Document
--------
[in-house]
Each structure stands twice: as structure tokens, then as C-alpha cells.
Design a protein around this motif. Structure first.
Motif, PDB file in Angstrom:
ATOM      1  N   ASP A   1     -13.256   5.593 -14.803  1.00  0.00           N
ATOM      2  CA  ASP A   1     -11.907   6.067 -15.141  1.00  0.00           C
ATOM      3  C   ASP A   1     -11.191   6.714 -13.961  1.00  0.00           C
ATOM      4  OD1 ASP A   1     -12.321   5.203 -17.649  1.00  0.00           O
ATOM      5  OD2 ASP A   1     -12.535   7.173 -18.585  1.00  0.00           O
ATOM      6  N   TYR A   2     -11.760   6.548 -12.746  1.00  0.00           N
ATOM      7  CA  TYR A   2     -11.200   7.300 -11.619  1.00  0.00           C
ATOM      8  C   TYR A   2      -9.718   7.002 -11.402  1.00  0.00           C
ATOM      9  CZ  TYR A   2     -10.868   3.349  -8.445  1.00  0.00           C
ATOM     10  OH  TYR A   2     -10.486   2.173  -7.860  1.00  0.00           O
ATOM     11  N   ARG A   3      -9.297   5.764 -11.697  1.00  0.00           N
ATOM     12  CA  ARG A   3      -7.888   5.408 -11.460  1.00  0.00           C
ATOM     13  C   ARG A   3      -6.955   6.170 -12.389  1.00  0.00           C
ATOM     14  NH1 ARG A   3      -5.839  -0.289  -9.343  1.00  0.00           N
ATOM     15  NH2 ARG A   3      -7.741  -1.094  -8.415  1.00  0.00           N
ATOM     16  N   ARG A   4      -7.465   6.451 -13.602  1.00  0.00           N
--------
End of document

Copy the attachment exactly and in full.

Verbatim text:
[in-house]
Each structure stands twice: as structure tokens, then as C-alpha cells.
Design a protein around this motif. Structure first.
Motif, PDB file in Angstrom:
ATOM      1  N   ASP A   1     -13.256   5.593 -14.803  1.00  0.00           N
ATOM      2  CA  ASP A   1     -11.907   6.067 -15.141  1.00  0.00           C
ATOM      3  C   ASP A   1     -11.191   6.714 -13.961  1.00  0.00           C
ATOM      4  OD1 ASP A   1     -12.321   5.203 -17.649  1.00  0.00           O
ATOM      5  OD2 ASP A   1     -12.535   7.173 -18.585  1.00  0.00           O
ATOM      6  N   TYR A   2     -11.760   6.548 -12.746  1.00  0.00           N
ATOM      7  CA  TYR A   2     -11.200   7.300 -11.619  1.00  0.00           C
ATOM      8  C   TYR A   2      -9.718   7.002 -11.402  1.00  0.00           C
ATOM      9  CZ  TYR A   2     -10.868   3.349  -8.445  1.00  0.00           C
ATOM     10  OH  TYR A   2     -10.486   2.173  -7.860  1.00  0.00           O
ATOM     11  N   ARG A   3      -9.297   5.764 -11.697  1.00  0.00           N
ATOM     12  CA  ARG A   3      -7.888   5.408 -11.460  1.00  0.00           C
ATOM     13  C   ARG A   3      -6.955   6.170 -12.389  1.00  0.00           C
ATOM     14  NH1 ARG A   3      -5.839  -0.289  -9.343  1.00  0.00           N
ATOM     15  NH2 ARG A   3      -7.741  -1.094  -8.415  1.00  0.00           N
ATOM     16  N   ARG A   4      -7.465   6.451 -13.602  1.00  0.00           N